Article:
from the this-won't-make-you-cry dept.
- SoylentNews (this page): http://7rmath4ro2of2a42.onion
- Development Site: http://skgmctqnhyvfava3.onion
- Wiki: http://kvs3xgkasyoqd4hx.onion
- Site Status: http://kvs3xgkasyoqd4hx.onion
Since these services are accessible directly in the Tor Network, and do not need to pass through an exit node, it should be considerably faster to access SoylentNews via the onion links than going through directly. There are a couple of caveats you should be aware of though using this service.
Furthermore, as the final hop to varnish is in the Linode data centre, users from tor will always show up with a consistent IPID. This allows user accounts to work properly while being onioned. At the moment, we don't support SSL through tor as we've not created the necessary CA and self-signed certificates. This is on the TODO list, and should show up sometime this week (we'll announce it when we do).
The consistent IP however means that staff can see if a user is coming in from tor due to the consistent IPID. While we do not publish our IPIDs publicly, you should be aware that any of us can check to see where a given post is coming from. Furthermore, our rate limiting software works on an IP basis. We've tested tor with several users at once and didn't trip the rate limiting, but if people start getting 429 errors, we'll modify the rules to give nitrogen (the tor relay) more requests per second in an attempt to keep it up.
Furthermore, when using tor, you're still using the old and dingy IPv4 protocol (shockingly, tor does *not* support IPv6 hidden nodes which surprised me; it is our only backend component that doesn't support it). This service should be considered experimental, and may go away, break in two, eat your children, or render the user sterile. You have been warned.
Last February, my Tor onion service came under a huge Tor-based distributed denial-of-service (DDoS) attack. I spent days analyzing the attack, developing mitigation options, and defending my server. (The Tor service that I run for the Internet Archive was down for a few hours, but I managed to keep it up and running through most of the attack.)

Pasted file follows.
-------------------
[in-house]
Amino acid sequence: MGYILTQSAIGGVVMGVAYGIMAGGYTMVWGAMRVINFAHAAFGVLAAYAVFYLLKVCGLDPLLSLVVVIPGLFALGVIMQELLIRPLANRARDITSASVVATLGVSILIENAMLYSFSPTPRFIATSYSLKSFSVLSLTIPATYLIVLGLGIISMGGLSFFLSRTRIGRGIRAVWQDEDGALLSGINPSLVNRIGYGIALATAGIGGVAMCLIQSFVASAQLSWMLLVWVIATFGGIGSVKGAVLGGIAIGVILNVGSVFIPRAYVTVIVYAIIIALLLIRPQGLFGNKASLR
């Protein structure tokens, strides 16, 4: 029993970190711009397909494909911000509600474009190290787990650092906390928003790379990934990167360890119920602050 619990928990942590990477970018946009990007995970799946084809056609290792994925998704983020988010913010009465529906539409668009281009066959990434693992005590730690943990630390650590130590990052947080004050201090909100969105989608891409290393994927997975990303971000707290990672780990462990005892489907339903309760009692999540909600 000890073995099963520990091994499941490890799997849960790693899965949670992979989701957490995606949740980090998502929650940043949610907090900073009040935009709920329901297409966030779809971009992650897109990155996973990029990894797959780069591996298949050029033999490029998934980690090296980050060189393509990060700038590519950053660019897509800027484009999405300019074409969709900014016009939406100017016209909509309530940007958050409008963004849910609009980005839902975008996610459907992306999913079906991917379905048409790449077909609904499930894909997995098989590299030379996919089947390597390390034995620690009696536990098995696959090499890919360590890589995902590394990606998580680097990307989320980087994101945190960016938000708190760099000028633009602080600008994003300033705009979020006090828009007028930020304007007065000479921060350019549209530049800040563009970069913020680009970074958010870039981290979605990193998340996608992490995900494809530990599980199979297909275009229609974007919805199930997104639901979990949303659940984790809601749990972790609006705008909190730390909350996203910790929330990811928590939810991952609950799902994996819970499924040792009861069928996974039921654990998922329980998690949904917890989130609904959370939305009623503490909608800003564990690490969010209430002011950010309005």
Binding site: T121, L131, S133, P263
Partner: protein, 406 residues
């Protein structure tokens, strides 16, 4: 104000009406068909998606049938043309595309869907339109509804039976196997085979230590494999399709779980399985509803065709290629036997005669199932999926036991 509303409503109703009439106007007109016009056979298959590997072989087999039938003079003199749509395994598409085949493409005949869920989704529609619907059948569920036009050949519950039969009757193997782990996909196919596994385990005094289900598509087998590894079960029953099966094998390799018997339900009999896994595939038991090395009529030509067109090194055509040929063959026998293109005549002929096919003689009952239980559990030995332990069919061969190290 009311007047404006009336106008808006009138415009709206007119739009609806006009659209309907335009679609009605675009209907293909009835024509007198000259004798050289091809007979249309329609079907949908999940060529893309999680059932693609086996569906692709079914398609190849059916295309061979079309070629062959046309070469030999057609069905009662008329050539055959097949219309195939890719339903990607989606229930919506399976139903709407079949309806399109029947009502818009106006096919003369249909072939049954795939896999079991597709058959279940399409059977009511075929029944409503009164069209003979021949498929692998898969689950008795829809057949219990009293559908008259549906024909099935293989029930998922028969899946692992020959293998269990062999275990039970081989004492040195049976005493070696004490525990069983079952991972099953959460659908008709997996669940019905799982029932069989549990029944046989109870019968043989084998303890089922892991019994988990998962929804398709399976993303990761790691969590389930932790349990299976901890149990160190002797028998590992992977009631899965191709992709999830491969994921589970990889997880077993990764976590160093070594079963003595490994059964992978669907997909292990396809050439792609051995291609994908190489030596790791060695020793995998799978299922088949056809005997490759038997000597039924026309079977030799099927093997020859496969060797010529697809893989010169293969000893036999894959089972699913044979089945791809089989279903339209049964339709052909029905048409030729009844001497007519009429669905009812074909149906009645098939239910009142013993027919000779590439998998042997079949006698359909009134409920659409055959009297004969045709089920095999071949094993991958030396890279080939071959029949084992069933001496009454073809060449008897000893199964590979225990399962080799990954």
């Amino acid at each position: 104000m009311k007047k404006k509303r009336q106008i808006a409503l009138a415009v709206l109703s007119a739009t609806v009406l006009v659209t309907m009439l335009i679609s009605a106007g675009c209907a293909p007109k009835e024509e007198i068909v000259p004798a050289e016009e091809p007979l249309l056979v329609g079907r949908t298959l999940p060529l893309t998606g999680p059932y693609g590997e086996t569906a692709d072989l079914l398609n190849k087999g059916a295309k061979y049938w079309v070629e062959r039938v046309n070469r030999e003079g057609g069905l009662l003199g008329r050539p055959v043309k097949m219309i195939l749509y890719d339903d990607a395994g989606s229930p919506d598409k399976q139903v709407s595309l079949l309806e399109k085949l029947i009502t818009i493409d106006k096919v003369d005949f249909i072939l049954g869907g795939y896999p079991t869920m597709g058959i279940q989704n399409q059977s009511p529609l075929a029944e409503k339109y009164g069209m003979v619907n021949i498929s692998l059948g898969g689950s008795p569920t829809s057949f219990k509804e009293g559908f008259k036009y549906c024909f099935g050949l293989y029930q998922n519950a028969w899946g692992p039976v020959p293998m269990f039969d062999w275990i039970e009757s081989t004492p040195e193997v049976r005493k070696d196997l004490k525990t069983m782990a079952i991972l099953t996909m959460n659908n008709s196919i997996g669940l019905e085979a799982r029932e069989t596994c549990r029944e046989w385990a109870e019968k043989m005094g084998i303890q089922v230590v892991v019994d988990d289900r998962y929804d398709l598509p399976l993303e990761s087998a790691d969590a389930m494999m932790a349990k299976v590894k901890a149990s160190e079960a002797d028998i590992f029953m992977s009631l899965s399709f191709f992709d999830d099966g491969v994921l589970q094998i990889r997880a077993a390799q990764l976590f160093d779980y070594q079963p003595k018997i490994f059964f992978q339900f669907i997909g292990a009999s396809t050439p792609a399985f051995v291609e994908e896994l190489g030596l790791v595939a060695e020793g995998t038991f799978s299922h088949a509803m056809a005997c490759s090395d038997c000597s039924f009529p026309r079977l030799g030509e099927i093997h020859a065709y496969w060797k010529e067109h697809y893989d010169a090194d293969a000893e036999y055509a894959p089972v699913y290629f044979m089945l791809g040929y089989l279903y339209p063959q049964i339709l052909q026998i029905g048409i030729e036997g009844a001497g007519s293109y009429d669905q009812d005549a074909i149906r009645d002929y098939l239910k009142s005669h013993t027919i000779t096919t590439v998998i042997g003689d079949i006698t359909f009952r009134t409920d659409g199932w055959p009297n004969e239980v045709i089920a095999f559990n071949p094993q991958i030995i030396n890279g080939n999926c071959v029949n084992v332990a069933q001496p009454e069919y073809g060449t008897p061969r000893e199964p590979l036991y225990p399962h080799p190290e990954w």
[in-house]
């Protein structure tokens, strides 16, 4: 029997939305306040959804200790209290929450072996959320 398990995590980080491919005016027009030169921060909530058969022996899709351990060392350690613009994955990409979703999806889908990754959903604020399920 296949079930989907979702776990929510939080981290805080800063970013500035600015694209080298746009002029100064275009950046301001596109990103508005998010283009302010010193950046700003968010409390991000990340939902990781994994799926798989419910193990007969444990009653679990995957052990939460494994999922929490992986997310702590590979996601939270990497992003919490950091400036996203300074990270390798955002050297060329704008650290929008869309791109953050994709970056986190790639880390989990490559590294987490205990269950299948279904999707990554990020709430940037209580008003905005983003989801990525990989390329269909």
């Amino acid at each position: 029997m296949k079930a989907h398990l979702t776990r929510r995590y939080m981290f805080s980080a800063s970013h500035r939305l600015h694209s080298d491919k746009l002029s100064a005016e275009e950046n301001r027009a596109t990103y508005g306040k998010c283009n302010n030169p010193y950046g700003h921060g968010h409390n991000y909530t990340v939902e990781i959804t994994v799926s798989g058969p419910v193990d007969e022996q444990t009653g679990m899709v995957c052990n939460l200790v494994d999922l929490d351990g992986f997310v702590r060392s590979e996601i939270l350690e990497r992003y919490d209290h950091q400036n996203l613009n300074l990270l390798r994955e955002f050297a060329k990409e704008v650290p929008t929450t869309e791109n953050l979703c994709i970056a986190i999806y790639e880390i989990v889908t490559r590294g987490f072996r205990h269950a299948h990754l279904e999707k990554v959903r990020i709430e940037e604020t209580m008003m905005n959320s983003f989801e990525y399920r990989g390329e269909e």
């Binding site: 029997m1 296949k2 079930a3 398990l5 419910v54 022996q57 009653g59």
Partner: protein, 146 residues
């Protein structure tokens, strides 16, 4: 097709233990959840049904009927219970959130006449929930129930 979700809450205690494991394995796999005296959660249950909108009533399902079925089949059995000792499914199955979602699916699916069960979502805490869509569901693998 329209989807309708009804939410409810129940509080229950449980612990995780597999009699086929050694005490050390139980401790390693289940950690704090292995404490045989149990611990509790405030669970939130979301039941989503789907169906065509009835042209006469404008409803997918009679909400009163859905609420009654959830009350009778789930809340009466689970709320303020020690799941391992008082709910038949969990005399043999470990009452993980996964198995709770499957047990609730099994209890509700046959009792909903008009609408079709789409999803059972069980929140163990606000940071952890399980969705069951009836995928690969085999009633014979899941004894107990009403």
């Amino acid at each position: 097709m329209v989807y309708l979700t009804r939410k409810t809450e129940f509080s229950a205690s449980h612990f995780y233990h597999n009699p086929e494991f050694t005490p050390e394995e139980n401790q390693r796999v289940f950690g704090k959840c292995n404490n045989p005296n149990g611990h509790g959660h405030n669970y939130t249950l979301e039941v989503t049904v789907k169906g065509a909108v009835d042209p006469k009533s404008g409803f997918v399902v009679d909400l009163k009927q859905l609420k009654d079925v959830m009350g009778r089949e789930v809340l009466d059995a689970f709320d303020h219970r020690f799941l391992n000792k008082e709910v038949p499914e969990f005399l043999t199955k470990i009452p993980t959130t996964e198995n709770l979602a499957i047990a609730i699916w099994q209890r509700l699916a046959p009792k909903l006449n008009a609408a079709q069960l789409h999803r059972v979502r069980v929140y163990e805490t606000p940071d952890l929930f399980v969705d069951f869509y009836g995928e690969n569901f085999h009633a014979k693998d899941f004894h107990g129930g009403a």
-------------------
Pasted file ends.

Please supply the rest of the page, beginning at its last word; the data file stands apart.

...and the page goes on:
While trying to find creative ways to keep the service up, I consulted a group of friends who are very active in the network incident response field. Some of these are the people who warn the world about new network attacks. Others are very experienced at tracking down denial-of-service attacks and their associated command-and-control (C&C) servers. I asked them if they could help me find the source of the attack. "Sure," they replied. They just needed my IP address.
I read off the address: "152 dot" and they repeated back "152 dot". "19 dot" "19 dot" and then they told me the rest of the network address. (I was stunned.) Tor is supposed to be anonymous. You're not supposed to know the IP address of a hidden service. But they knew. They had been watching the Tor-based DDoS. They had a list of the hidden service addresses that were being targeted by the attack. They just didn't know that this specific address was mine.
As it turns out, this is an open secret among the internet service community: You are not anonymous on Tor.
It turns out that there are some flaws in the design of Tor services, which this story very ably explains. Quite readable, too.
[NB: SoylentNews has supported Tor Since April 1, 2014 (yes, really). In light of today's story, is this something that SoylentNews should continue to support? I suspect bots are making use of it to create accounts here. It would probably require some work to disable Tor properly, so I am not anticipating immediate removal. This is more trying to get input from the community. What say you? --martyb]